Scoliosis generally develops during childhood, but it also can occur in adults. Adult scoliosis is relatively common.
What Is Adult Scoliosis?
Scoliosis generally develops during childhood, but it also can occur in adults. Adult refers patients who have completed their growth (i.e., are over the age of 18 or have gone through puberty). Adult scoliosis is distinctive from childhood scoliosis in terms of the causes. In addition, the goals of treatment differ in skeletally mature patients.
Scoliosis is a musculoskeletal disorder that adversely affects the shape of the spine (backbone). The spine is composed of bones called vertebrae. Normally, when viewed from behind, these bones (vertebrae) run down the back in a straight line. There are normal (front-to-back) curves of the spine; however, scoliosis is a side-to-side curvature of the spine. Therefore, a scoliotic spine (when viewed from behind) will not be straight and may instead look like the letter "C" or "S", due to the side-to-side (right-to-left) curvature. Adult scoliosis is relatively common compared to other musculoskeletal diseases.
Types Of Adult Scoliosis
An abnormal curvature of the adult spine can occur at any age and from a variety of causes. Adult scoliosis can be the result of:
- The progression of childhood scoliosis
- Excessive wear and tear of the spine
- Neuromuscular diseases
- Previous spine surgery
- Spine injuries (e.g., fractures)
- Tumors in and/or around the spine
- Infections of the spine
Adult scoliosis also can be divided into a number of different classifications:
- Adult Idiopathic Scoliosis
Idiopathic simply means of unknown origin; therefore, adult idiopathic scoliosis means that the exact cause of scoliosis is not known (i.e., there is no clear cause).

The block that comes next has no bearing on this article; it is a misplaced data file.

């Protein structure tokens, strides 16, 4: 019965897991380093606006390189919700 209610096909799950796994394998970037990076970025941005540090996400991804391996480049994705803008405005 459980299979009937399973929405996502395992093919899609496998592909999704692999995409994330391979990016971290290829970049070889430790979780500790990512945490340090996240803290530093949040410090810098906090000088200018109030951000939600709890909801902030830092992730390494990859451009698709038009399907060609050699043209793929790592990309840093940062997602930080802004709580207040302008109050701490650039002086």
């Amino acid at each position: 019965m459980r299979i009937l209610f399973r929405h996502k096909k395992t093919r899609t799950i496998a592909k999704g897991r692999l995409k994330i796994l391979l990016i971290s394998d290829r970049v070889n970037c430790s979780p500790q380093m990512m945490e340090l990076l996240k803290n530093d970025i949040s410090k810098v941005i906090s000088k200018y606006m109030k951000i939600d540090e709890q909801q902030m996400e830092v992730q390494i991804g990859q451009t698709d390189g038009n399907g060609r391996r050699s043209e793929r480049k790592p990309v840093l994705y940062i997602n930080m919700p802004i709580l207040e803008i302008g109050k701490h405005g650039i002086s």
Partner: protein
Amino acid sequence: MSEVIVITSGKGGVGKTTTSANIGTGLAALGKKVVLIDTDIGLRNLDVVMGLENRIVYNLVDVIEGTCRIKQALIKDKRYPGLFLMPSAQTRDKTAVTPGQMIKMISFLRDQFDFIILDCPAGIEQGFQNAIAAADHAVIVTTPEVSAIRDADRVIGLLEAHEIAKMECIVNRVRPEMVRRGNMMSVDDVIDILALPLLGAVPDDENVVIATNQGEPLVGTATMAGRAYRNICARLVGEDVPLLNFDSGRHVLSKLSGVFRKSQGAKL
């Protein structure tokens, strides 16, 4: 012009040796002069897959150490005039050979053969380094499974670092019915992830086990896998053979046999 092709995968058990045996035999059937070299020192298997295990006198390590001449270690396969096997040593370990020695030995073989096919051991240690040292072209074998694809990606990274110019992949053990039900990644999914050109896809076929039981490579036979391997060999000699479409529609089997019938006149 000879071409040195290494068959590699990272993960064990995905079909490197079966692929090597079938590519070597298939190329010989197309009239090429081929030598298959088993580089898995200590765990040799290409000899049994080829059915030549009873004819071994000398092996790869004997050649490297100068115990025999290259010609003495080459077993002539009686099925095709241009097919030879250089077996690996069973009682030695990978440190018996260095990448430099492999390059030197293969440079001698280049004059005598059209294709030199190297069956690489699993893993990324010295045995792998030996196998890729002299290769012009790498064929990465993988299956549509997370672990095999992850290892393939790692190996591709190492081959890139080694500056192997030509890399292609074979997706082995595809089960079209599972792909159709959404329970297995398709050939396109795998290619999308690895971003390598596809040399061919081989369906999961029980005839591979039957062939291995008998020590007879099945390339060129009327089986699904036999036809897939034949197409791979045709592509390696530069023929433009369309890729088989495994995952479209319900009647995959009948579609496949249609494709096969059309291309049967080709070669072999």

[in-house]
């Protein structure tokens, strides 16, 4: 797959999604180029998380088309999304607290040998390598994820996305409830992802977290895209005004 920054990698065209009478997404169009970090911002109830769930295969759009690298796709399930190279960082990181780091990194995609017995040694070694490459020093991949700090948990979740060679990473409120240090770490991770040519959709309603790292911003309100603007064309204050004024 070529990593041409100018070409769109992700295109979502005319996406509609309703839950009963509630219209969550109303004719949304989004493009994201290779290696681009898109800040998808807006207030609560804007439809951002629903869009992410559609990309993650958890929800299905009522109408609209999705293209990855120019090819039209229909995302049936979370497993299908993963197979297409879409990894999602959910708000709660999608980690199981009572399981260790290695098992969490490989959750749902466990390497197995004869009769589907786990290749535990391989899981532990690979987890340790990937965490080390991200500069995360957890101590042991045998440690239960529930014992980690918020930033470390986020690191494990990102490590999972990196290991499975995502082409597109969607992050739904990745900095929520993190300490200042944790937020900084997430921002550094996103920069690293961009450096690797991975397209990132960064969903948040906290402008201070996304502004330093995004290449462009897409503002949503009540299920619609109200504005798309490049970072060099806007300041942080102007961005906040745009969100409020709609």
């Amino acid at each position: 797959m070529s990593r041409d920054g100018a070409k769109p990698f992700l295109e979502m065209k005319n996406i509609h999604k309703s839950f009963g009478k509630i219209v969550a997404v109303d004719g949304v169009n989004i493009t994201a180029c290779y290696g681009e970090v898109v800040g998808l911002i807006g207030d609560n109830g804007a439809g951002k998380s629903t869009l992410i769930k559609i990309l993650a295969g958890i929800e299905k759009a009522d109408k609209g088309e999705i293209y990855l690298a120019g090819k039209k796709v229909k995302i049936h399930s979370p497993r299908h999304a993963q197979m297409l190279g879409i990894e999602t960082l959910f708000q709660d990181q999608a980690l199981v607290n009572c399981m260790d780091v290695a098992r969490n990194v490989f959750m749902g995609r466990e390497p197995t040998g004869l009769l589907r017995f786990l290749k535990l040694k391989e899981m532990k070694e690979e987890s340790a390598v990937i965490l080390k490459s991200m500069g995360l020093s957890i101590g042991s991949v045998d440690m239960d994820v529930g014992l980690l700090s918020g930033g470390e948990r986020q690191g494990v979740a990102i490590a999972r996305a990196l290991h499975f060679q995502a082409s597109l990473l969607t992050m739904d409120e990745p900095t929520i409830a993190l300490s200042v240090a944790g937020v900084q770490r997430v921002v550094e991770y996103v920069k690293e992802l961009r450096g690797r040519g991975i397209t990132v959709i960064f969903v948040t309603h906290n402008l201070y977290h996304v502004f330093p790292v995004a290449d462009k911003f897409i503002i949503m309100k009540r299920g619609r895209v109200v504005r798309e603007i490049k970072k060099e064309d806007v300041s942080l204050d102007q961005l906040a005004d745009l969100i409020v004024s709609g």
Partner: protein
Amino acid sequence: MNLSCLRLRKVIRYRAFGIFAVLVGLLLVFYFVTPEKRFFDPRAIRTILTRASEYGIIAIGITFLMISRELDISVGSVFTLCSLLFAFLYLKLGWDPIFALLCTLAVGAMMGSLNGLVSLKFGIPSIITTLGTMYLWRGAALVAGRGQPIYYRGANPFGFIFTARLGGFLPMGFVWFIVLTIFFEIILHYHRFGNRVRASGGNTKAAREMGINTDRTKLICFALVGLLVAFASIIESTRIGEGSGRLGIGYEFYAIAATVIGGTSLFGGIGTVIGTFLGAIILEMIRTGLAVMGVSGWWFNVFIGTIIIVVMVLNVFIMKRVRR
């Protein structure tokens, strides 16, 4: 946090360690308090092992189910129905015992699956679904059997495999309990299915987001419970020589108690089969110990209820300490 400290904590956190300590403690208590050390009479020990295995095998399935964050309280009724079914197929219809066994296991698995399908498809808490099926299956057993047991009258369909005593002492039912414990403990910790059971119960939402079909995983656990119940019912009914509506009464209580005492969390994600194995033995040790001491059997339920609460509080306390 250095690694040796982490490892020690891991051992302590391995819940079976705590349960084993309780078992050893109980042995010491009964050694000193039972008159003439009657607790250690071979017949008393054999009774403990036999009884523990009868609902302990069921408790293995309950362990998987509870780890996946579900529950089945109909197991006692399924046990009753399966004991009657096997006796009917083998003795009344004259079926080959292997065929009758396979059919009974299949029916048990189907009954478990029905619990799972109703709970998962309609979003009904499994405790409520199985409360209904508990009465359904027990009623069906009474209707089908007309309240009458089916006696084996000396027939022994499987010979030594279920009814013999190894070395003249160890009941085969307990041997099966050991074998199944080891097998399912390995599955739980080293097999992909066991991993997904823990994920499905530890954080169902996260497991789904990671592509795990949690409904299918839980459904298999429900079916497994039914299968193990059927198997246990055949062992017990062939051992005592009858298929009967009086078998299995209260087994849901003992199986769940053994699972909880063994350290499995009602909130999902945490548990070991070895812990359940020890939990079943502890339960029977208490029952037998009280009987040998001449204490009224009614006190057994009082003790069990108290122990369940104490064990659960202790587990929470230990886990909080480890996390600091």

- Adult Degenerative Scoliosis
Adult degenerative scoliosis is caused by the combination of aging and wear & tear on the structures of the spine.
- Post-surgical Deformity/Scoliosis
Post-surgical deformity occurs as a result of previous surgery for scoliosis or spinal fusion. This is type of scoliosis is typically seen in patients who previously had long fusions of the spine.
- Neuromuscular Scoliosis
Neuromuscular scoliosis is caused by diseases that adversely affect nerve and muscle function. Muscular dystrophy, cerebral palsy, and polio are examples of neurological conditions that affect muscles and can lead to the development of scoliosis.
Adult Scoliosis Symptoms
Adolescents with scoliosis rarely have pain; however, adult patients with scoliosis often have with a variety of symptoms. These symptoms are typically due to degenerative changes in the adult spine. Adults can experience a gradual loss of function and a decrease in the ability to accomplish daily activities.
Potential symptoms and signs of adult scoliosis may include:
- Backache or low-back pain
- Pain in the legs
- Early fatigue (muscles feel tired after standing or sitting)
- Spine curves to one side
- A hump may appear to be present on the back
- Uneven hips &/or shoulders (one is higher than the other)